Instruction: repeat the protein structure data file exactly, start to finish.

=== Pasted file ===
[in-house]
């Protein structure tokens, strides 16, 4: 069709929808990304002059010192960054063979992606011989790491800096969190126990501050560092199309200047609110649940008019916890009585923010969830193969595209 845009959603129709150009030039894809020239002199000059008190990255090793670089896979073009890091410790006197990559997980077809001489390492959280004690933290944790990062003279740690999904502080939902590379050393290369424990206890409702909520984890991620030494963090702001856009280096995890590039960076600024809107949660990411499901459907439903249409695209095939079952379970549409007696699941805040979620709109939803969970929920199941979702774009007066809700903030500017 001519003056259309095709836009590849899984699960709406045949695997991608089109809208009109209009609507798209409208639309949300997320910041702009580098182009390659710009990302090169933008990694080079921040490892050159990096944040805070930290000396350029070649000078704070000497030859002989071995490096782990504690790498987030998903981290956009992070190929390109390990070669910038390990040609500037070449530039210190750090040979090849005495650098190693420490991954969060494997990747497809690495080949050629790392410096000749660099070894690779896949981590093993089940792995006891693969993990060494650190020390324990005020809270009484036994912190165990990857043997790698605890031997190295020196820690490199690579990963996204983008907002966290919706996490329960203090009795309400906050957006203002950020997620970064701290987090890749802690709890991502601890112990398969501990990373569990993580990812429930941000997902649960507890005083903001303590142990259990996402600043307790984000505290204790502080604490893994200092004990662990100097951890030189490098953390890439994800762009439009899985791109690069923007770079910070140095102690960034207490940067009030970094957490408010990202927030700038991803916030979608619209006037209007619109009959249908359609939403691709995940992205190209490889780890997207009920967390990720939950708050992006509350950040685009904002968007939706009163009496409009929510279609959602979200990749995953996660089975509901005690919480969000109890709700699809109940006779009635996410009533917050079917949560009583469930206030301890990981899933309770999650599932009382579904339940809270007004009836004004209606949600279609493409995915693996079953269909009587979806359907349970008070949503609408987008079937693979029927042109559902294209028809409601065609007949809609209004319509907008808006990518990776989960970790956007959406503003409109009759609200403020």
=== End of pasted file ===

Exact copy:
[in-house]
């Protein structure tokens, strides 16, 4: 069709929808990304002059010192960054063979992606011989790491800096969190126990501050560092199309200047609110649940008019916890009585923010969830193969595209 845009959603129709150009030039894809020239002199000059008190990255090793670089896979073009890091410790006197990559997980077809001489390492959280004690933290944790990062003279740690999904502080939902590379050393290369424990206890409702909520984890991620030494963090702001856009280096995890590039960076600024809107949660990411499901459907439903249409695209095939079952379970549409007696699941805040979620709109939803969970929920199941979702774009007066809700903030500017 001519003056259309095709836009590849899984699960709406045949695997991608089109809208009109209009609507798209409208639309949300997320910041702009580098182009390659710009990302090169933008990694080079921040490892050159990096944040805070930290000396350029070649000078704070000497030859002989071995490096782990504690790498987030998903981290956009992070190929390109390990070669910038390990040609500037070449530039210190750090040979090849005495650098190693420490991954969060494997990747497809690495080949050629790392410096000749660099070894690779896949981590093993089940792995006891693969993990060494650190020390324990005020809270009484036994912190165990990857043997790698605890031997190295020196820690490199690579990963996204983008907002966290919706996490329960203090009795309400906050957006203002950020997620970064701290987090890749802690709890991502601890112990398969501990990373569990993580990812429930941000997902649960507890005083903001303590142990259990996402600043307790984000505290204790502080604490893994200092004990662990100097951890030189490098953390890439994800762009439009899985791109690069923007770079910070140095102690960034207490940067009030970094957490408010990202927030700038991803916030979608619209006037209007619109009959249908359609939403691709995940992205190209490889780890997207009920967390990720939950708050992006509350950040685009904002968007939706009163009496409009929510279609959602979200990749995953996660089975509901005690919480969000109890709700699809109940006779009635996410009533917050079917949560009583469930206030301890990981899933309770999650599932009382579904339940809270007004009836004004209606949600279609493409995915693996079953269909009587979806359907349970008070949503609408987008079937693979029927042109559902294209028809409601065609007949809609209004319509907008808006990518990776989960970790956007959406503003409109009759609200403020």